Article | Published:

Atmospheric mountain wave generation on Venus and its influence on the solid planet’s rotation rate

Nature Geosciencevolume 11pages487491 (2018) | Download Citation


The Akatsuki spacecraft observed a 10,000-km-long meridional structure at the top of the cloud deck of Venus that appeared stationary with respect to the surface and was interpreted as a gravity wave. Additionally, over four Venus solar days of observations, other such waves were observed to appear in the afternoon over equatorial highland regions. This indicates a direct influence of the solid planet on the whole Venusian atmosphere despite dissimilar rotation rates of 243 and 4 days, respectively. How such gravity waves might be generated on Venus is not understood. Here, we use general circulation model simulations of the Venusian atmosphere to show that the observations are consistent with stationary gravity waves over topographic highs—or mountain waves—that are generated in the afternoon in equatorial regions by the diurnal cycle of near-surface atmospheric stability. We find that these mountain waves substantially contribute to the total atmospheric torque that acts on the planet’s surface. We estimate that mountain waves, along with the thermal tide and baroclinic waves, can produce a change in the rotation rate of the solid body of about 2 minutes per solar day. This interplay between the solid planet and atmosphere may explain some of the difference in rotation rates (equivalent to a change in the length of day of about 7 minutes) measured by spacecraft over the past 40 years.

Access optionsAccess options

Rent or Buy article

Get time limited or full article access on ReadCube.

from $8.99

All prices are NET prices.

Additional information

Publisher’s note: Springer Nature remains neutral with regard to jurisdictional claims in published maps and institutional affiliations.


  1. 1.

    Fukuhara, T. et al. Large stationary gravity wave in the atmosphere of Venus. Nat. Geosci. 10, 85–88 (2017).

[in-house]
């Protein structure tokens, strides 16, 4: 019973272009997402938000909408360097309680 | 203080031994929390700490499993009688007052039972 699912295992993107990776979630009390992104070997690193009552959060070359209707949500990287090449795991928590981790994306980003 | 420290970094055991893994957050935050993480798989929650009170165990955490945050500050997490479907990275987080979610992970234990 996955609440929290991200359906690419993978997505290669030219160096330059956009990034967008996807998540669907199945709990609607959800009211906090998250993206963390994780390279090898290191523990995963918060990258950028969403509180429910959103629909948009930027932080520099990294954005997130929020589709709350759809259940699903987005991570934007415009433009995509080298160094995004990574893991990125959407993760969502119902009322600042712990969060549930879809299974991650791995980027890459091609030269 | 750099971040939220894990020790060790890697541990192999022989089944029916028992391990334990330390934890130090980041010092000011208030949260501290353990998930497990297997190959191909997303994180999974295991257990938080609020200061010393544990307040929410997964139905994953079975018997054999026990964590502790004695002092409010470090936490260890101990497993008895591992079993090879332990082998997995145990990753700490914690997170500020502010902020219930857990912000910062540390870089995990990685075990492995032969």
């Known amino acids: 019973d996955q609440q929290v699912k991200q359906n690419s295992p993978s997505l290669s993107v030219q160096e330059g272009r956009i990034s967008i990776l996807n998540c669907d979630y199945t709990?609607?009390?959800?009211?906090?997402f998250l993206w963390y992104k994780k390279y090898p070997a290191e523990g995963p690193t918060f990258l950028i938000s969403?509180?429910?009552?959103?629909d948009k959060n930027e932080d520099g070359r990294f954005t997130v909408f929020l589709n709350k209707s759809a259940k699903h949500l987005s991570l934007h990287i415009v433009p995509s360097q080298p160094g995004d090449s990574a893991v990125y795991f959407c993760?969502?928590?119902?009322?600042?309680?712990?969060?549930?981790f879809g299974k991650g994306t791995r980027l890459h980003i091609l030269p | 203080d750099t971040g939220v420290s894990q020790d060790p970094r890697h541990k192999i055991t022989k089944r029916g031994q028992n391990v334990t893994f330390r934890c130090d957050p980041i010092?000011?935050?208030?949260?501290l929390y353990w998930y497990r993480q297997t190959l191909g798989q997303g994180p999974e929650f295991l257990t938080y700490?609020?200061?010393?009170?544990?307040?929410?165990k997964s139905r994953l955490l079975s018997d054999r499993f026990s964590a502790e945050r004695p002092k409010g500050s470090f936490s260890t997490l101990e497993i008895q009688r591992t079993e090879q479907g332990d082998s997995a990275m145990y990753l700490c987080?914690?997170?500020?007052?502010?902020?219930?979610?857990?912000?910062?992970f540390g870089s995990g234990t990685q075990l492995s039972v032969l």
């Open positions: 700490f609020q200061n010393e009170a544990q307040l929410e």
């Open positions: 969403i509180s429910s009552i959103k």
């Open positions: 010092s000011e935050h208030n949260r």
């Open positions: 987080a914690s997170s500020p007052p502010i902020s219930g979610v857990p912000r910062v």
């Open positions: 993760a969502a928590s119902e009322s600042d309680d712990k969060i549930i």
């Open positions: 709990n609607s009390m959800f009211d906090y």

2. 2.

    Schubert G. in Venus (eds Hunten, D. M. et al.) 681–765 (Univ. Arizona Press, Tuscon, 1983).

  3. 3.

    Kouyama, T. et al. Topographical and local time dependence of large stationary gravity waves observed at the cloud top of Venus. Geophys. Res. Lett. 44, 12098–12105 (2017).

  4. 4.

    Lebonnois, S. et al. Superrotation of Venus’ atmosphere analyzed with a full general circulation model. J. Geophys. R. 115, E06006 (2010).

  5. 5.

    Lebonnois, S., Sugimoto, N. & Gilli, G. Wave analysis in the atmosphere of Venus below 100-km altitude, simulated by the LMD Venus GCM. Icarus 278, 38–51 (2016).

  6. 6.

    McFarlane, N. A. The effect of orographically excited gravity wave drag on the general circulation of the lower stratosphere and troposphere. J. Atmos. Sci. 44, 1775–1800 (1987).

  7. 7.

    Lott, F. & Miller, M. J. A new subgrid-scale orographic drag parametrization: its formulation and testing. Q. J. R. Meteorol. Soc. 123, 101–127 (1997).

  8. 8.

    Scinocca, J. F. & McFarlane, N. A. The parametrization of drag induced by stratified flow over anisotropic orography. Q. J. R. Meteorol. Soc. 126, 2353–2393 (2000).

  9. 9.

    Collins, M., Lewis, S. R. & Read, P. L. Gravity wave drag in a global circulation model of the martian atmosphere: Parameterisation and validation. Adv. Space Res. 19, 1245–1254 (1997).

  10. 10.